“Now that they’ve agreed on an extension, they’re going to turn and bring the laggards into line,” Rapidan’s McNally said on Bloomberg television on Thursday. Talks with Iraq were going well, and there could be “a compliance mechanism, something formal that drags Iraq and also Nigeria into better compliance,” he said.
If OPEC+ stays the course, the results could be dramatic. After the massive oil surplus earlier this year, Russian Energy Minister Alexander Novak predicts it could turn into a deficit of 3 million to 5 million barrels a day next month, Interfax reported. That’s roughly in line with projections from an OPEC committee that met on Wednesday, a delegate said.
Enforcing better compliance among OPEC+ nations has been a motif since Saudi Energy Minister Prince Abdulaziz bin Salman was appointed.
In his first public outing after becoming energy minister, in Abu Dhabi last September, the prince was literally applauded for securing loud pledges of atonement from Iraq and Nigeria.
But his tenure has also been stormy, and the latest move has high stakes. In March, the prince’s attempt to force Russia to make deeper output reductions backfired spectacularly, splintering the entire alliance and igniting a destructive price war.
Two months ago, Prince Abdulaziz achievement in successfully restoring the OPEC+ coalition and forging an agreement for historic production cuts was delayed and ultimately overshadowed by a spat over Mexico’s contribution to the deal.
Iraq’s recalcitrance is as old as the OPEC+ partnership itself, which was founded in 2016 to shore up oil prices against the onslaught of American shale.
Baghdad argued that the exemption from cutbacks it had received since the conflicts of the 1990s should continue. The central government also has limited influence over about 500,000 barrels a day of production from the semi-autonomous Kurdish region.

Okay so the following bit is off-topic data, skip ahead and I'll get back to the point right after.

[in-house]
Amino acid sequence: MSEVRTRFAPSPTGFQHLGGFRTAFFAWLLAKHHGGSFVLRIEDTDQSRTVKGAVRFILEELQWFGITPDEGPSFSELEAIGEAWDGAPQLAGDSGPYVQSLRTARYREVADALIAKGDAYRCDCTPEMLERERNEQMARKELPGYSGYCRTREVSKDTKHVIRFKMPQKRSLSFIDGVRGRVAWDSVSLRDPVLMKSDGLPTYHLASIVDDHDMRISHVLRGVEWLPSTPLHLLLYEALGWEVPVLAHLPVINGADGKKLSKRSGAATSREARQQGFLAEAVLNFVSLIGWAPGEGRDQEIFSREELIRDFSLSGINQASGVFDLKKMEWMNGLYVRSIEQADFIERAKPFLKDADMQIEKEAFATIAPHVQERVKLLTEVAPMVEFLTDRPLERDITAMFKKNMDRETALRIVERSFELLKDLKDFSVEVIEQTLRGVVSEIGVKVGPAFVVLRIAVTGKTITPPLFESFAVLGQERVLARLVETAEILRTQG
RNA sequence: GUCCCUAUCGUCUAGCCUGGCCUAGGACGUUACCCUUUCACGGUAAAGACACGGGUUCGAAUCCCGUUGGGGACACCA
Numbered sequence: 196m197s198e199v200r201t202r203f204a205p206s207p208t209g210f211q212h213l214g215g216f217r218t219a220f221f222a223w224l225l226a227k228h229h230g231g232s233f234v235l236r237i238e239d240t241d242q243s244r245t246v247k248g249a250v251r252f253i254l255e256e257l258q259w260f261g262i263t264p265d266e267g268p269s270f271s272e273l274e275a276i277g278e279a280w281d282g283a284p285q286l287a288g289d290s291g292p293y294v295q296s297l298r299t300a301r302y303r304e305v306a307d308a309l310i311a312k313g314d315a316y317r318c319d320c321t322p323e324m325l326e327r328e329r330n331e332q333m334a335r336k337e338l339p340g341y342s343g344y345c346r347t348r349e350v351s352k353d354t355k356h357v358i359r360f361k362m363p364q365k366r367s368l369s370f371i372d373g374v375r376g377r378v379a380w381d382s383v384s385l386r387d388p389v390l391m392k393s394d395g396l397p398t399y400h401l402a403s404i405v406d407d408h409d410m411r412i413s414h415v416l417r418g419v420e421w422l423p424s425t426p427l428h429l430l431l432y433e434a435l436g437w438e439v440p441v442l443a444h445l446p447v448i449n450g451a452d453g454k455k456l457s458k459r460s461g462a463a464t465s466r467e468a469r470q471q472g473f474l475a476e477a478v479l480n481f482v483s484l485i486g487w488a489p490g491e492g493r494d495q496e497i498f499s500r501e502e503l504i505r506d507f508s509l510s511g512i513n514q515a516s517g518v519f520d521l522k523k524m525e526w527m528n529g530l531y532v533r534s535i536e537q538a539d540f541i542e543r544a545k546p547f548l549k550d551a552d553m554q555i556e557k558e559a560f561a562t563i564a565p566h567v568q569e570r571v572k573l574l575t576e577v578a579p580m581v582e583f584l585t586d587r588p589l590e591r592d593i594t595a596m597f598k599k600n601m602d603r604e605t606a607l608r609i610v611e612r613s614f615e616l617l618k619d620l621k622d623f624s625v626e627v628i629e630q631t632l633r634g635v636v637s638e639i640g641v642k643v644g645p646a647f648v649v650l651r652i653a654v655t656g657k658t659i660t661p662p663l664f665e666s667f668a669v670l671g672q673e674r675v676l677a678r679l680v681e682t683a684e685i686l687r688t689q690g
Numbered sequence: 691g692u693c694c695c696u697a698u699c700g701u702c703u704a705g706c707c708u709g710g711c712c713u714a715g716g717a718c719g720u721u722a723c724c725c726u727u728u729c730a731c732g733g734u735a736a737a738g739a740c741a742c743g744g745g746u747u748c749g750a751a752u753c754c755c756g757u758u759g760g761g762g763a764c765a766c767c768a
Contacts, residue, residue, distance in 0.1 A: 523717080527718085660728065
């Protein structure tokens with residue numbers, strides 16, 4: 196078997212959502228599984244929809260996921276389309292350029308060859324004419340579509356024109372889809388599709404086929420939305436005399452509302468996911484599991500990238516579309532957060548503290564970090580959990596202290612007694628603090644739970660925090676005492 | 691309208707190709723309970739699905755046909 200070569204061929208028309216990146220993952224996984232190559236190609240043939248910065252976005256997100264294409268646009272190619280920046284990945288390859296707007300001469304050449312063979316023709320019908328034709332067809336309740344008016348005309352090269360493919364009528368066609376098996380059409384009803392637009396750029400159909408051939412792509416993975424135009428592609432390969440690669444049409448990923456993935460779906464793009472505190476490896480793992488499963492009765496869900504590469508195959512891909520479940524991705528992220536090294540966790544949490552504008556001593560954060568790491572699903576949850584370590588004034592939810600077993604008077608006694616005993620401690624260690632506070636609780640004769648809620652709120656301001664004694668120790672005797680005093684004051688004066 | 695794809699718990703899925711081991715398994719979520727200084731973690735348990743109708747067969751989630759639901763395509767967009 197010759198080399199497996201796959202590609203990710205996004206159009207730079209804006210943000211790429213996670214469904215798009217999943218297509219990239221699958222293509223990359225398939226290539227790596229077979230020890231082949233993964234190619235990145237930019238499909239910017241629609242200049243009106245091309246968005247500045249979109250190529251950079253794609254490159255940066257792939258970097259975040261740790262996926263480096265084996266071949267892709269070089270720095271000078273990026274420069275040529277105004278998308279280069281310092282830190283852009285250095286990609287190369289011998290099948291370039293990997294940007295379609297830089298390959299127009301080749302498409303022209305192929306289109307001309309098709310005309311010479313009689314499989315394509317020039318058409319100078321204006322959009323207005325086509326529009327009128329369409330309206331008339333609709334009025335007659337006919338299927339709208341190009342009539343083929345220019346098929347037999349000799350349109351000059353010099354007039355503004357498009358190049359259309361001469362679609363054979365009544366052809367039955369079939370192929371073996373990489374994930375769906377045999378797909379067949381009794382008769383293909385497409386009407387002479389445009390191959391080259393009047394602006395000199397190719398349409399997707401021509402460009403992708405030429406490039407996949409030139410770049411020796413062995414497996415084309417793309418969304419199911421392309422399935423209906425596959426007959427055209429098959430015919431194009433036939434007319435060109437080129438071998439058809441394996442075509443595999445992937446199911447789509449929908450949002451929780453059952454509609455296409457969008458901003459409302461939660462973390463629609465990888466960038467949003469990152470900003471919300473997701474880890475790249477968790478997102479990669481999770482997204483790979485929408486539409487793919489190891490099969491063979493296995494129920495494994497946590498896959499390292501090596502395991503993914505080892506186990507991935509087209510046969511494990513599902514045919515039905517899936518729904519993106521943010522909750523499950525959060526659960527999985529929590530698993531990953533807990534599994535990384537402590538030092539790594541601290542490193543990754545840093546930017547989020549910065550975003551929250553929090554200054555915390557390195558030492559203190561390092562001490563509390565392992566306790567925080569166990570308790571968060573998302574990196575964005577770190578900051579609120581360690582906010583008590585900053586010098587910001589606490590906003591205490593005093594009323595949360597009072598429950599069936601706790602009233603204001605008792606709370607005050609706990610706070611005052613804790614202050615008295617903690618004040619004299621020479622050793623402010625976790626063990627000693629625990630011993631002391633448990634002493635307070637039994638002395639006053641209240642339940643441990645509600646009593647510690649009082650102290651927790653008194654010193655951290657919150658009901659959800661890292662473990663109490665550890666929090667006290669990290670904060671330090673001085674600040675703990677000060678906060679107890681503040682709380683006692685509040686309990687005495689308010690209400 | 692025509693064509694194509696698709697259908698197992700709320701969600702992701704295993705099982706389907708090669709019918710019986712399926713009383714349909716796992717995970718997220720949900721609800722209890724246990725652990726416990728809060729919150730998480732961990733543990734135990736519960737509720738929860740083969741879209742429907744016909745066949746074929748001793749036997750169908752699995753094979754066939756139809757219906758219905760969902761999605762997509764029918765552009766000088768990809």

At the critical meeting where OPEC+ was formed, then Oil Minister Jabbar al-Luaibi had to leave the conference room and call his prime minister for approval to accept the new strictures.
The latest impasse isn’t yet showing signs of resolution. Saudi Aramco, the kingdom’s oil behemoth, has delayed the release of monthly crude prices to Sunday at the earliest, according to people with knowledge of the matter. That suggests there’s no clarity just yet on how the situation will unfold.
Nonetheless, recent history suggests the burden might not be as onerous as it appears, and that Iraq’s resistance could be overcome.
Last December, Baghdad was pressed to accept additional supply reductions, even though it had barely managed to cut output earlier in the year. Iraq knew it wasn’t expected to implement the entire package, but rather consider the new target as a spur to improve its performance, analysts said at the time.
“It feels like Groundhog Day again as compliance issues complicate the effort to conclude a short rollover agreement,” said Helima Croft, head of commodity strategy at RBC Capital Markets LLC. “Nonetheless, we still think these issues will be resolved and that a short extension will be announced.”